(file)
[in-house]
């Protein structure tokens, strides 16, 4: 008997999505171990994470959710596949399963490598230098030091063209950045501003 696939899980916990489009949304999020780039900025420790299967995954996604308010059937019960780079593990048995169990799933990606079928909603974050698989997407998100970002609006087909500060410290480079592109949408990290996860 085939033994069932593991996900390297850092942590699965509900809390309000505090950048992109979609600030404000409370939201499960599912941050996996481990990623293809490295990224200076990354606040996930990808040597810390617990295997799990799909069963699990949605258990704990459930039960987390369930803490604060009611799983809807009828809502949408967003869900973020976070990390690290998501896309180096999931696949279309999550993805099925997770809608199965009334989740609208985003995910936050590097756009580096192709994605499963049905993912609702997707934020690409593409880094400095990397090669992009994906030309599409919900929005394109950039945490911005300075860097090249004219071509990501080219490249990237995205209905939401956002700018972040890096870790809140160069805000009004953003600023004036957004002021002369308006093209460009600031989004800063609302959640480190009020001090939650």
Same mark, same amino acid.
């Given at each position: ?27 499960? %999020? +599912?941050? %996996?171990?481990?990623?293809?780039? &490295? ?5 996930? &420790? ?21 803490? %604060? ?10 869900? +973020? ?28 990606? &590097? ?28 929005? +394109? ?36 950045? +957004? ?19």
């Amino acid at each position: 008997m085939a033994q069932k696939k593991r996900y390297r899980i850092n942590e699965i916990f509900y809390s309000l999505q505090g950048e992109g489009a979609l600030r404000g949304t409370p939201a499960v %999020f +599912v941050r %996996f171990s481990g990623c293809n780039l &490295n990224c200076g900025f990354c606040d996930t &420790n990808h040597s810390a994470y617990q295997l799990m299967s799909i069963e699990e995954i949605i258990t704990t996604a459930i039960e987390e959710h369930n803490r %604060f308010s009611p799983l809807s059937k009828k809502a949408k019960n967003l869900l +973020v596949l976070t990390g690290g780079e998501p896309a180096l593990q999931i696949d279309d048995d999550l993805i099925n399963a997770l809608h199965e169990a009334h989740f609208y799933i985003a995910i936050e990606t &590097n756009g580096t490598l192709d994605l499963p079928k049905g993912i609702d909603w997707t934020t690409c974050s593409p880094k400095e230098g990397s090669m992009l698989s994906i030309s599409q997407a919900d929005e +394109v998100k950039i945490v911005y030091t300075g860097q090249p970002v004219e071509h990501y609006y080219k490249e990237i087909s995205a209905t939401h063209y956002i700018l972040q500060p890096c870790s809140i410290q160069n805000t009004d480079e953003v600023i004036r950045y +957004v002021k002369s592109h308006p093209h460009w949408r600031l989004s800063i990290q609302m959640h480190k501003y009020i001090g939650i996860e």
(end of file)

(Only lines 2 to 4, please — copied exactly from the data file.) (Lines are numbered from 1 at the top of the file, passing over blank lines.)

């Protein structure tokens, strides 16, 4: 008997999505171990994470959710596949399963490598230098030091063209950045501003 696939899980916990489009949304999020780039900025420790299967995954996604308010059937019960780079593990048995169990799933990606079928909603974050698989997407998100970002609006087909500060410290480079592109949408990290996860 085939033994069932593991996900390297850092942590699965509900809390309000505090950048992109979609600030404000409370939201499960599912941050996996481990990623293809490295990224200076990354606040996930990808040597810390617990295997799990799909069963699990949605258990704990459930039960987390369930803490604060009611799983809807009828809502949408967003869900973020976070990390690290998501896309180096999931696949279309999550993805099925997770809608199965009334989740609208985003995910936050590097756009580096192709994605499963049905993912609702997707934020690409593409880094400095990397090669992009994906030309599409919900929005394109950039945490911005300075860097090249004219071509990501080219490249990237995205209905939401956002700018972040890096870790809140160069805000009004953003600023004036957004002021002369308006093209460009600031989004800063609302959640480190009020001090939650």
Same mark, same amino acid.
């Given at each position: ?27 499960? %999020? +599912?941050? %996996?171990?481990?990623?293809?780039? &490295? ?5 996930? &420790? ?21 803490? %604060? ?10 869900? +973020? ?28 990606? &590097? ?28 929005? +394109? ?36 950045? +957004? ?19």